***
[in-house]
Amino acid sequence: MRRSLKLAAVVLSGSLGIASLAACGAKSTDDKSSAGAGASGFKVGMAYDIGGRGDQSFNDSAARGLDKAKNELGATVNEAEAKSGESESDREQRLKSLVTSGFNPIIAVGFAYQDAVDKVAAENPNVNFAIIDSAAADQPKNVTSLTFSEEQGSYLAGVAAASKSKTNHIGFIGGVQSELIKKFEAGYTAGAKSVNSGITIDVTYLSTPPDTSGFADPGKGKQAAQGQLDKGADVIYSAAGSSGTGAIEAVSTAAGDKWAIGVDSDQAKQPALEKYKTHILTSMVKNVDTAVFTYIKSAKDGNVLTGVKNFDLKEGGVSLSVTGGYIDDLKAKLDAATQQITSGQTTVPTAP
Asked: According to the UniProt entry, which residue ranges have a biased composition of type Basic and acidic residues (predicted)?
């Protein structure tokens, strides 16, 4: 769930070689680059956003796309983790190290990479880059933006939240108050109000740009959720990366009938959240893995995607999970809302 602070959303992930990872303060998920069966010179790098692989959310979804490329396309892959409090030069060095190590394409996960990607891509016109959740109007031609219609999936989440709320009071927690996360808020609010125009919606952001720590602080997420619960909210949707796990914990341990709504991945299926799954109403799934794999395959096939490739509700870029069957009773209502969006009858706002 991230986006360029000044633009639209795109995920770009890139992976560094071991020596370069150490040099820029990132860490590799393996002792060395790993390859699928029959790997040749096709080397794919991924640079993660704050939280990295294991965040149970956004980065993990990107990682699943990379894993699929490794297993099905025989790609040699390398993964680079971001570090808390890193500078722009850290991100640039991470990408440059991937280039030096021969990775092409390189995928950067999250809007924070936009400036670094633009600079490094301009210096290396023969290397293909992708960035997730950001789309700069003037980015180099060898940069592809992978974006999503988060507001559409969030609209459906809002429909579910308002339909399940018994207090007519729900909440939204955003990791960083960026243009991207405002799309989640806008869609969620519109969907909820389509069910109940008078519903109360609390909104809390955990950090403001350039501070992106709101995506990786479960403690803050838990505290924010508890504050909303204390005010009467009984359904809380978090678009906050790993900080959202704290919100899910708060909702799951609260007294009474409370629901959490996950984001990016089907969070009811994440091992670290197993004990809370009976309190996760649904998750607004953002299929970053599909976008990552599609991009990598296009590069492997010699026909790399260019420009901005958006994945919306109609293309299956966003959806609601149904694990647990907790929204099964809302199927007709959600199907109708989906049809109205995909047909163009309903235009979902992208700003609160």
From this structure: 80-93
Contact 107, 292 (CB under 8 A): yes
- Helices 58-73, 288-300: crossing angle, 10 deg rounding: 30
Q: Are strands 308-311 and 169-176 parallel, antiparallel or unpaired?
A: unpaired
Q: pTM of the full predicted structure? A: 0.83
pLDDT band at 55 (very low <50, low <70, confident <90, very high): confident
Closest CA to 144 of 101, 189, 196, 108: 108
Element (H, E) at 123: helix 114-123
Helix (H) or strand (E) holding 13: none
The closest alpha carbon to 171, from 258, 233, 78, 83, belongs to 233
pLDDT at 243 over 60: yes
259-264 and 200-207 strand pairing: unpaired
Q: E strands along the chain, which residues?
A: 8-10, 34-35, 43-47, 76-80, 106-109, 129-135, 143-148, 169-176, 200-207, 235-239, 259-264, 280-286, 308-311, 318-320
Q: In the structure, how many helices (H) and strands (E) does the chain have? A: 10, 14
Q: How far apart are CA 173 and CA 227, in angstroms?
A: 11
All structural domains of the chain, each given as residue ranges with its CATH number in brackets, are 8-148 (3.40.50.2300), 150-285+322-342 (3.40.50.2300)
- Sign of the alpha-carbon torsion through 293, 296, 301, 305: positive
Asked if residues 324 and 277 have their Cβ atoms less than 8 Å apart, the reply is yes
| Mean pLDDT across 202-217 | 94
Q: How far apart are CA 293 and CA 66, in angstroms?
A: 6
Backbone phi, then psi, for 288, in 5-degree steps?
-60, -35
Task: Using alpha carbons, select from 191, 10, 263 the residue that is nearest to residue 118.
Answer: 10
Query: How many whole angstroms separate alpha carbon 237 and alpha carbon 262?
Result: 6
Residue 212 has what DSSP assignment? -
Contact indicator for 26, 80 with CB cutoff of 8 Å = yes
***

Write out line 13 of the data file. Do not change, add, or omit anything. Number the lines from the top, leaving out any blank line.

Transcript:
Element (H, E) at 123: helix 114-123